Marissa agrees, and for the more linear-minded, adds a formulaic approach as well.
“Most people are just one ‘Why’ or two away from discovering their core message! Simon Sinek popularized the “Why, How, What” structure, but it has been used in academia since the 1970s for storytelling. I encourage people to separate their messaging into the ‘Why, How, What’ structure, a logical formula for sharing new information with audiences that aligns with how our brain is wired to receive information. When you can structure your story, the ‘Why’ stands out, and you can follow it with the ‘How’ and ‘What’ for clarity. The 4Mat learning model also adds ‘If,’– If you engage, this is the transformation that will happen. I love adding ‘If’ to inspire people to see the potential of new organizations and ideas,” says Marissa.

Marissa’s “Triple Bottom Why” philosophy aligns her clients’ Whys with their organizations and audiences. Identifying Why also highlights values, supporting the triple bottom line: people, planet, and profit.

The “Why” has become somewhat of a trend in today’s start-up environment, and rightfully so- it’s a valuable tool that can be a company’s guiding north star, and that’s because it’s really addressing a human element. As Brandon says, “Simply put, to access the WHY, spend more time BEING and less time THINKING. The WHY will surface itself.”

Stories that have left a mark.
Marissa: “Often, shocking stories are inspiring. I will always remember watching a Vagina Monologue-like performance at ABC Carpet & Home by Eve Ensler. Ensler told the story of a young girl who had been raped so many times, during the war in the Congo, that she developed urinary incontinence. Not only did she endure the trauma of rape, but then her classmates teased her for smelling like urine. Ensler said when she met this young girl and went to hug her, the girl was skittish and moved away. Something about hearing this story, performed by an incredible actress, shook me to my core. The storytelling was so strong and visceral that I connected to the trauma of the victim, and I was traumatized by hearing it.

“At that moment, I decided to transition my career from corporate social responsibility to social entrepreneurship. I felt I could make a bigger impact by being closer to the issues.”

-Marissa Feinberg, Triple Bottom Why

What are the questions to ask oneself before launching a story out there?
Somewhat of a trick question because storytelling can be, and is an evolving process. Perhaps your core passion and belief doesn’t change, but the way you communicate it externally certainly will, and that’s encouraged.

Marissa says it perfectly: “While there are questions to ask oneself to refine your story, do not wait to get started! Storytelling is part of the evolution of putting your idea out into the world and making it real. When we share, we educate others about our vision, and we support ourselves to evolve. What’s really exciting is that somewhere along the line you decided to create your own path as an entrepreneur. It takes hard work to keep it your own path though, but it can absolutely be worth it.”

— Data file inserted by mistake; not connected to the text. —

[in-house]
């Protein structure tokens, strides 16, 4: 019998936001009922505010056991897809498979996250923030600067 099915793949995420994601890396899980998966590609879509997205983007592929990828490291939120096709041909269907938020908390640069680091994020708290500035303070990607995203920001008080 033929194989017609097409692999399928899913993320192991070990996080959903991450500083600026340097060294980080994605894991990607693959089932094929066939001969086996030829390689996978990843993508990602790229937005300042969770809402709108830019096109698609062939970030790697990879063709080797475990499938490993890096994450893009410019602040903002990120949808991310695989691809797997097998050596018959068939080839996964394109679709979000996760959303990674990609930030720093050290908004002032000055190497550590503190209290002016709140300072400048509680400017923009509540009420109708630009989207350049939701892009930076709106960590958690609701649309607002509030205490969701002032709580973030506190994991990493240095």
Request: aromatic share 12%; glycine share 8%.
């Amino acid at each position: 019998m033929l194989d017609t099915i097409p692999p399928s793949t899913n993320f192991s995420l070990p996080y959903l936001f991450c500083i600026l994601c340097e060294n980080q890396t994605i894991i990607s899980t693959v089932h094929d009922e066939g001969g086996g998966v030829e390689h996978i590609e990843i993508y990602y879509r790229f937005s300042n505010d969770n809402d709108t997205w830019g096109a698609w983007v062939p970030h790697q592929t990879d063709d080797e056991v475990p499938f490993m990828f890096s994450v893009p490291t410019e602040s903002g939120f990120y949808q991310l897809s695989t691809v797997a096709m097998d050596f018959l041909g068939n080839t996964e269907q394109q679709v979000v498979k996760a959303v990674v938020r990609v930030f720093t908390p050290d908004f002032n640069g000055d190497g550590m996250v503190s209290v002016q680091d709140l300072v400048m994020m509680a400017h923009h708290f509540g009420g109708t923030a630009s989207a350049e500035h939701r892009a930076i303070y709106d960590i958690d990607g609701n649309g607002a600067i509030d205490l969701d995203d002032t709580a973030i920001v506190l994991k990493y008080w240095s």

Kerri says, “Figure out what you value most. For me, it’s freedom,
creativity, and connection. I want to make that the story of my life. I spent a long time not living that story so I also really have to ask myself: ‘Do my actions align with my values?’

How are you helping people tell their Why?
Marissa: “When I transitioned from entrepreneurship to consulting, I realized I was using a storytelling formula that enabled my work to get traction while staying lean, so I wanted to share it with others. My ‘Triple Bottom Why’ philosophy aligns a person’s ‘Why’ with their organization and audience, and identifying ‘Why’ also highlights values, supporting the triple
bottom line: people, planet, and profit. Bringing together these different elements to form a values-aligned story usually resonates better with audiences than a story without values

While launching his 2nd startup, Brandon started to work with the YLAI and discover so many incredible stories that were making BIG changes in developing worlds.

Brandon: “People like Stephanie Hong, Co-Founder of a Brazilian NGO, that was creating an emergency response app alerting first-aid-qualified volunteers to stabilize victims before an ambulance could arrive. From this experience, I was forever driven to tell other’s stories and use my own brand/personal
social channels to share them.”

Jeff: “Video is the only medium that can convey authentic, visceral emotion, and we use the production process to unearth inner truths that may not yet be a part of their story.
Making a brand video doesn’t have to be a purely demonstrative activity – that’s a waste. It can be exploratory. We want to work with people who are open to discovery.”

Kerri: “By giving entrepreneurs a platform to tell their genuine story, leading with their values, we help shine a light on the moral of the story that every brand needs to get customers to understand, which is: ‘you can trust me.’

Getting started – a special offer from Concurrent Productions:

Kerri and Jeff from Concurrent Productions have graciously offered a 5-day course they developed on creating an amazing brand story video….for free! Use the below code to access the content, and please feel free to reach Kerri and Jeff directly with any comments or questions at and
How to access the free course: Visit and use code “fullride” (all lowercase) to enter.